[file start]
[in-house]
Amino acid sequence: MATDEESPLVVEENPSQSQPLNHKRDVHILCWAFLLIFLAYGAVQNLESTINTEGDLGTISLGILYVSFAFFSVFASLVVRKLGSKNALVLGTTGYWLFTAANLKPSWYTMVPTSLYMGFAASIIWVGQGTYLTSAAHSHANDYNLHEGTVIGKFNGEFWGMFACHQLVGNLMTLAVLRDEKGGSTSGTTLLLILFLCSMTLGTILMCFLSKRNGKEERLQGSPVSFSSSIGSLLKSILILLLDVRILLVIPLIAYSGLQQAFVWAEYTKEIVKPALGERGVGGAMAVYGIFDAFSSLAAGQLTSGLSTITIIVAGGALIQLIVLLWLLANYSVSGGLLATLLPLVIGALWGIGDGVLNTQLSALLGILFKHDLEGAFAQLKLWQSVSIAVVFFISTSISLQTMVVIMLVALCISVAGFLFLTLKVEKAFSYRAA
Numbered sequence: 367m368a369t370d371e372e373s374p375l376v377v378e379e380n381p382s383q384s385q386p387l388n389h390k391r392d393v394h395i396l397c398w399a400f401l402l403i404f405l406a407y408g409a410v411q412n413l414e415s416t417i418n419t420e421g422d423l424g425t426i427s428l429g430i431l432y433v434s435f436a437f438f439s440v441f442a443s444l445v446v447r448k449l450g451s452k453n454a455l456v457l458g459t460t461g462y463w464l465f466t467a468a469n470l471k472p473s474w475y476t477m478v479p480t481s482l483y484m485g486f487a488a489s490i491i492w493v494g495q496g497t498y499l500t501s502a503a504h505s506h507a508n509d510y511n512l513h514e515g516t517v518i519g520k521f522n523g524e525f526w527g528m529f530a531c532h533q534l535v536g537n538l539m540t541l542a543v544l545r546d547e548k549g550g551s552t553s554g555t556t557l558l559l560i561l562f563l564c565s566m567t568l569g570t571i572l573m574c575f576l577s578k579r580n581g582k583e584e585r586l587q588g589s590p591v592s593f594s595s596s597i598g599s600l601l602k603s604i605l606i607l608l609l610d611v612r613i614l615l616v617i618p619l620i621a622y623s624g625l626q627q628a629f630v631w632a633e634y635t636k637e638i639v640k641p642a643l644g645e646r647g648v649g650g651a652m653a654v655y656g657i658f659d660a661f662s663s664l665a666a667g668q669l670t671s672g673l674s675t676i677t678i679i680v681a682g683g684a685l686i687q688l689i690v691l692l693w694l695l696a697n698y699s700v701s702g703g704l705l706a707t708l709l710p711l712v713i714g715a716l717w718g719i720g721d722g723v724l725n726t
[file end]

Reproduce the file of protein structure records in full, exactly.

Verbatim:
[in-house]
Amino acid sequence: MATDEESPLVVEENPSQSQPLNHKRDVHILCWAFLLIFLAYGAVQNLESTINTEGDLGTISLGILYVSFAFFSVFASLVVRKLGSKNALVLGTTGYWLFTAANLKPSWYTMVPTSLYMGFAASIIWVGQGTYLTSAAHSHANDYNLHEGTVIGKFNGEFWGMFACHQLVGNLMTLAVLRDEKGGSTSGTTLLLILFLCSMTLGTILMCFLSKRNGKEERLQGSPVSFSSSIGSLLKSILILLLDVRILLVIPLIAYSGLQQAFVWAEYTKEIVKPALGERGVGGAMAVYGIFDAFSSLAAGQLTSGLSTITIIVAGGALIQLIVLLWLLANYSVSGGLLATLLPLVIGALWGIGDGVLNTQLSALLGILFKHDLEGAFAQLKLWQSVSIAVVFFISTSISLQTMVVIMLVALCISVAGFLFLTLKVEKAFSYRAA
Numbered sequence: 367m368a369t370d371e372e373s374p375l376v377v378e379e380n381p382s383q384s385q386p387l388n389h390k391r392d393v394h395i396l397c398w399a400f401l402l403i404f405l406a407y408g409a410v411q412n413l414e415s416t417i418n419t420e421g422d423l424g425t426i427s428l429g430i431l432y433v434s435f436a437f438f439s440v441f442a443s444l445v446v447r448k449l450g451s452k453n454a455l456v457l458g459t460t461g462y463w464l465f466t467a468a469n470l471k472p473s474w475y476t477m478v479p480t481s482l483y484m485g486f487a488a489s490i491i492w493v494g495q496g497t498y499l500t501s502a503a504h505s506h507a508n509d510y511n512l513h514e515g516t517v518i519g520k521f522n523g524e525f526w527g528m529f530a531c532h533q534l535v536g537n538l539m540t541l542a543v544l545r546d547e548k549g550g551s552t553s554g555t556t557l558l559l560i561l562f563l564c565s566m567t568l569g570t571i572l573m574c575f576l577s578k579r580n581g582k583e584e585r586l587q588g589s590p591v592s593f594s595s596s597i598g599s600l601l602k603s604i605l606i607l608l609l610d611v612r613i614l615l616v617i618p619l620i621a622y623s624g625l626q627q628a629f630v631w632a633e634y635t636k637e638i639v640k641p642a643l644g645e646r647g648v649g650g651a652m653a654v655y656g657i658f659d660a661f662s663s664l665a666a667g668q669l670t671s672g673l674s675t676i677t678i679i680v681a682g683g684a685l686i687q688l689i690v691l692l693w694l695l696a697n698y699s700v701s702g703g704l705l706a707t708l709l710p711l712v713i714g715a716l717w718g719i720g721d722g723v724l725n726t